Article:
debate about the legalities of it. Quite a lot of the notice and
take down occurs under our taste and decency policy rather than
a debate about whether or not it is illegal.
Q224 Helen Southworth: Is 24 hours
an industry standard?
Mr Lansman: The law defines the
notice and take down procedure as "it should be removed expeditiously",
so there is no clarity on what the time should be. But on issues
such as child abuse images for the industry the answer is "as
quickly as possible". We have referred to 24 hours. I think
there are other types of content where there must be a greater
reflection, but I think that for child abuse images it is done
as quickly as possible and 24 hours is an industry standard.
Q225 Helen Southworth: Are you confident
that it is met?
Mr Lansman: It is best practice.
Q226 Helen Southworth: You just added
"best practice" as I asked whether you were confident
it was met. There are issues as to whether something is best practice
or it is the standard.
Mr Lansman: I am confident that
the Internet Watch Foundation which obviously will deliver the
notices has never reported anything other than speedy co-operation
Q227 Helen Southworth: What about
users reporting content that they find distasteful but is not
Ms de Stempel: We have very stringent
conditions of service attached. Each member of ISPA has its own
standards of service, so if it breaches any of our terms of service
it will be taken down expeditiously as well.
Q228 Helen Southworth: For example,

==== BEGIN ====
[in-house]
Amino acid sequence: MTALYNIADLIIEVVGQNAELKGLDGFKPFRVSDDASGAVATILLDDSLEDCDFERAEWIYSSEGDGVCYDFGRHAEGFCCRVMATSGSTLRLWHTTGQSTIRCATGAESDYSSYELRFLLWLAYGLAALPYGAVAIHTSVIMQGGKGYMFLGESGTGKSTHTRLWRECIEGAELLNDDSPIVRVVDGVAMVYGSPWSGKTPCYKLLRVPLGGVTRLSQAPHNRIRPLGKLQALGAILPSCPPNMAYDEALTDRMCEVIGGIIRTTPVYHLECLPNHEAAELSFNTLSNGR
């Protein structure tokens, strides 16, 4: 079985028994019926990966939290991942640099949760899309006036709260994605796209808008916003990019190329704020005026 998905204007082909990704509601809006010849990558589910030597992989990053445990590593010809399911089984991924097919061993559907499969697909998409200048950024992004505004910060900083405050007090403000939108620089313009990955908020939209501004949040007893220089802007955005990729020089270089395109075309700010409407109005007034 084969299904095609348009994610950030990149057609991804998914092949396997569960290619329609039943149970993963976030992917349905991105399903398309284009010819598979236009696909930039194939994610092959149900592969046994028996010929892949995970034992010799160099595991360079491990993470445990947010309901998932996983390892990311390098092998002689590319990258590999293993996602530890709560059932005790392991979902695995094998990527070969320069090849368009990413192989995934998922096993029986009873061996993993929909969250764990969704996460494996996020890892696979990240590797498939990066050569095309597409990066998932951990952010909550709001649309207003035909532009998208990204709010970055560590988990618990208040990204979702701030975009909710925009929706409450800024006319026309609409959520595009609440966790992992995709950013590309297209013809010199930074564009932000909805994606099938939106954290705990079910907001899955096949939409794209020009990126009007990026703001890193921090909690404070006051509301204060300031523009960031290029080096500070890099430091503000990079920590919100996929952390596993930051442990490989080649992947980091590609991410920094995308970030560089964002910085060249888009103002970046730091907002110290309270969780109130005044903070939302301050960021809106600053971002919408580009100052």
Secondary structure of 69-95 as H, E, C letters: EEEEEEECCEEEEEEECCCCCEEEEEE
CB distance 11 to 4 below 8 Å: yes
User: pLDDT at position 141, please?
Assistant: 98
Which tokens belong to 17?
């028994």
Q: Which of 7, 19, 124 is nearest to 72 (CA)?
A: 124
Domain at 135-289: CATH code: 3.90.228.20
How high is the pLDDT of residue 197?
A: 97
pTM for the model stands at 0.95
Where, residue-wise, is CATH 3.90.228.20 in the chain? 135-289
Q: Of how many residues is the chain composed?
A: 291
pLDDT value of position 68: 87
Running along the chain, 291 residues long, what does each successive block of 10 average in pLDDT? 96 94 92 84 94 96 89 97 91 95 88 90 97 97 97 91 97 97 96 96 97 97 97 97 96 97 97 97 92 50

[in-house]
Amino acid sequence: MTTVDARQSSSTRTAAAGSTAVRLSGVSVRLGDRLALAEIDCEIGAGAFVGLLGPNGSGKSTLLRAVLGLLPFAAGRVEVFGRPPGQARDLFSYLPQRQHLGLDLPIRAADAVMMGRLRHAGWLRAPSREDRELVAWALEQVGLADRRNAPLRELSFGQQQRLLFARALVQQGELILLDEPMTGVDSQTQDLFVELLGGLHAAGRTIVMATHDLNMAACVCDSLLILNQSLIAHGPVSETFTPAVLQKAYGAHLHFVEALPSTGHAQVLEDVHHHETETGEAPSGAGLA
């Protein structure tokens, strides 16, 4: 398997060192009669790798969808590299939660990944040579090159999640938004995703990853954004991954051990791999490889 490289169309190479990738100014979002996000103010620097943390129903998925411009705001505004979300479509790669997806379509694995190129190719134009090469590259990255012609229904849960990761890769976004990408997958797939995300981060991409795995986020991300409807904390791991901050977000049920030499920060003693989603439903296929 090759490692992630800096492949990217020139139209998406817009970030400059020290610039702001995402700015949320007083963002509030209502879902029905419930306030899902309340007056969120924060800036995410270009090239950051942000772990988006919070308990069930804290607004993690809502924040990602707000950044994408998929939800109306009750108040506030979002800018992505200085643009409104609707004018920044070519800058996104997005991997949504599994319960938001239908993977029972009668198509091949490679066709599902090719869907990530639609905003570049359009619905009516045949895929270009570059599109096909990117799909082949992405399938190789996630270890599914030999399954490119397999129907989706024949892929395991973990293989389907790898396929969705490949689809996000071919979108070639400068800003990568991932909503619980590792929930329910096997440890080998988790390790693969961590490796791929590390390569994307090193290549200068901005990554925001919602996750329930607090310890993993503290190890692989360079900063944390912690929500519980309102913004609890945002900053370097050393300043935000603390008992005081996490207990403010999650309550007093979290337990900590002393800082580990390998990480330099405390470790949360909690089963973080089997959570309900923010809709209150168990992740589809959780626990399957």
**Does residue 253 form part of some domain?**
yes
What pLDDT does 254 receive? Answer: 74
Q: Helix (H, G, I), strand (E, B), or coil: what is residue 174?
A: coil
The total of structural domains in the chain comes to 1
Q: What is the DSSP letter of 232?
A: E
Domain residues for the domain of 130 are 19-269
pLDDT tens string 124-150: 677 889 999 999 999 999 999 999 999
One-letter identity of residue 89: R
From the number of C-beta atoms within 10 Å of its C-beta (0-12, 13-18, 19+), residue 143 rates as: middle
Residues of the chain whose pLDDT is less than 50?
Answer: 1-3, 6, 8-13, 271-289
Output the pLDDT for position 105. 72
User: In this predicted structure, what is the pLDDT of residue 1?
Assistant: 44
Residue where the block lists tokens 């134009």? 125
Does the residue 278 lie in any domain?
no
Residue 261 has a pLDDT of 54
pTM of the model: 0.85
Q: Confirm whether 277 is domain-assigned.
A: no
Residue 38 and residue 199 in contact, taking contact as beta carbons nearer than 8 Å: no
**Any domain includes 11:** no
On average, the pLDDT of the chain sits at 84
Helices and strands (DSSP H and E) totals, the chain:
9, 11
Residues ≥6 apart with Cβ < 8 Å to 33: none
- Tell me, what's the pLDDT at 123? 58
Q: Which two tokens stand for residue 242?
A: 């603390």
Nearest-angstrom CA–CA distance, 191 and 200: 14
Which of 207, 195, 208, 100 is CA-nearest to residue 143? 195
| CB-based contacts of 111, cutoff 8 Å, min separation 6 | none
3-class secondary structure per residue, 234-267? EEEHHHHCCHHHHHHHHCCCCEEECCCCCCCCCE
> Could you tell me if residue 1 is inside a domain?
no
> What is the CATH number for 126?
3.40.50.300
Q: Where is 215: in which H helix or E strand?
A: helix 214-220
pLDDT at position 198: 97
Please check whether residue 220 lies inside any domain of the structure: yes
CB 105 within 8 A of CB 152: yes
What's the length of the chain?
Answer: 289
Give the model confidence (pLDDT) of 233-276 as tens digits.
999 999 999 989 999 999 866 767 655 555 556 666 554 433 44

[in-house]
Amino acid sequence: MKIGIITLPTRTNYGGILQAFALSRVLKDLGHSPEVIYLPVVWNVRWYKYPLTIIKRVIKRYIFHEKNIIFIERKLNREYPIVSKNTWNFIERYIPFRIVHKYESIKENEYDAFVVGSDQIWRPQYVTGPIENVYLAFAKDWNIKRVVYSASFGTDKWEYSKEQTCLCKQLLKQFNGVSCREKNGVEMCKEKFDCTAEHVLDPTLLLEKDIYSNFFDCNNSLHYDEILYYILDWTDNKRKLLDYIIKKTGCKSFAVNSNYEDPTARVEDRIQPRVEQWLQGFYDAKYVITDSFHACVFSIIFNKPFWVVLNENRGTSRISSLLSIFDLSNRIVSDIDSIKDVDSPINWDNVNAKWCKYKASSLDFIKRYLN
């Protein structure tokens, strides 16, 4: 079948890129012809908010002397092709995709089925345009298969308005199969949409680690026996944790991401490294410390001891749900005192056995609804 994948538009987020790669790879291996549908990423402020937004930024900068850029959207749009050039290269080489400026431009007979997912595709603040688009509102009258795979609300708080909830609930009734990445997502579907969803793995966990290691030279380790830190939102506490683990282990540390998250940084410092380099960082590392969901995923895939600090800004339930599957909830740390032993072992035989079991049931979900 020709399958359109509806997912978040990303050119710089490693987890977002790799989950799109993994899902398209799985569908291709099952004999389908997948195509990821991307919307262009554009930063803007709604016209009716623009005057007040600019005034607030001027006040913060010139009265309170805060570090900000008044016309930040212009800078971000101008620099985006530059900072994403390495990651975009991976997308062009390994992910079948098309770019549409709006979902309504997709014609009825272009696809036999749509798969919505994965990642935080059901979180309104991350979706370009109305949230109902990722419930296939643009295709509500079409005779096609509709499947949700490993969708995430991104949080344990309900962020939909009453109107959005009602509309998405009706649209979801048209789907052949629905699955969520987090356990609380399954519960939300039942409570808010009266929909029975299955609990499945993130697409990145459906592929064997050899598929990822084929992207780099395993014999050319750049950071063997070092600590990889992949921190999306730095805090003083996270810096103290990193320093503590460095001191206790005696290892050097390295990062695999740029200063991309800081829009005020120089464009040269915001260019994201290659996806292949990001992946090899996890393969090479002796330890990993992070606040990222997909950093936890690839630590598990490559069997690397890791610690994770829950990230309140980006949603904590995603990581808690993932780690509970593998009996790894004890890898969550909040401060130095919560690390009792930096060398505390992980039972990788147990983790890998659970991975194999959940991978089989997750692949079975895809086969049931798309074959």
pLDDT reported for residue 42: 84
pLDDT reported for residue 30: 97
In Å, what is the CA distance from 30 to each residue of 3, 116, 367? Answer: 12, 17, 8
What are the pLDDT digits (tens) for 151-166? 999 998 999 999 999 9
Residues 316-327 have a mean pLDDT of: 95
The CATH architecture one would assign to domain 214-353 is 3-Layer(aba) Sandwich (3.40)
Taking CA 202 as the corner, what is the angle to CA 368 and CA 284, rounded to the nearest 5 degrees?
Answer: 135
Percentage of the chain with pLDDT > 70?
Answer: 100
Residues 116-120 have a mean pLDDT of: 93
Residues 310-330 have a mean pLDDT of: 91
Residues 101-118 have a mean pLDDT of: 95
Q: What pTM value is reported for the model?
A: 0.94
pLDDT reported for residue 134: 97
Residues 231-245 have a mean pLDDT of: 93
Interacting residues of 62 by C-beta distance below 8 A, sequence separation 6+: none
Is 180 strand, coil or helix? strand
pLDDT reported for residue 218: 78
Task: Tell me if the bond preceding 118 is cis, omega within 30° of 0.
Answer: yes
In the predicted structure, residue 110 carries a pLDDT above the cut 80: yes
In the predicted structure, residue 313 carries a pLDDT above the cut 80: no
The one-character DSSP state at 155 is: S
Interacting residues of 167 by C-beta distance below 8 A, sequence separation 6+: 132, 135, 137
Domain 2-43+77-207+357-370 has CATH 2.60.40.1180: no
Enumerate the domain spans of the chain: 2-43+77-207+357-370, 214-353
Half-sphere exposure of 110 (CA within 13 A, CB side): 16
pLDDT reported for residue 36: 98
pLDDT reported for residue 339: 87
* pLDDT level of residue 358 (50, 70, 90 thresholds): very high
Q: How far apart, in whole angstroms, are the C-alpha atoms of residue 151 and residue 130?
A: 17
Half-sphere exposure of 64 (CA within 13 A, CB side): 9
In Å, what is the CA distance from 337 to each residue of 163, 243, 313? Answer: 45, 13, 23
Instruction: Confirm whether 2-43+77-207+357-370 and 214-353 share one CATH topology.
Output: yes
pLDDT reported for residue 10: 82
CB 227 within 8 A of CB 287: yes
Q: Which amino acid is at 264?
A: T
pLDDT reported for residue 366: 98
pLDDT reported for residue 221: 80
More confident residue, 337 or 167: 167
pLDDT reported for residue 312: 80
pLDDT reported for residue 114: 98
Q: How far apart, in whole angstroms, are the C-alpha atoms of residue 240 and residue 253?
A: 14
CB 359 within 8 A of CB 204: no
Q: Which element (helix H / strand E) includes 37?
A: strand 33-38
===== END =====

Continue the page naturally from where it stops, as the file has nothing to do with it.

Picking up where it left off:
bullying or pro-suicide sites?
Ms de Stempel: Absolutely. If
it is hosted on our service and is against our policy it will
be taken down.
Mr Galvin: Absolutely. I think
the importance of a taste and decency clause in the terms and
conditions is that it gives you much more freedom of choice about
what sites you host. We and all the reputable ISPs have a very
low bar for what we consider to cross the taste and decency line.
A pro-suicide site would make it over the bar by miles. We are
now taking down things that would cause offence, for example the
publication of people's personal details. Basically, the taste
and decency policy is defined as anything that causes distress
to our customers.
Mr Lansman: ISPA's position has
been to help quite a lot of the smaller ISPs which have acceptable
use policies (AUPs). This has developed a best practice template
for an AUP. Obviously, the issue about "harmful" is
one that is open to interpretation. To whom is it harmful? I think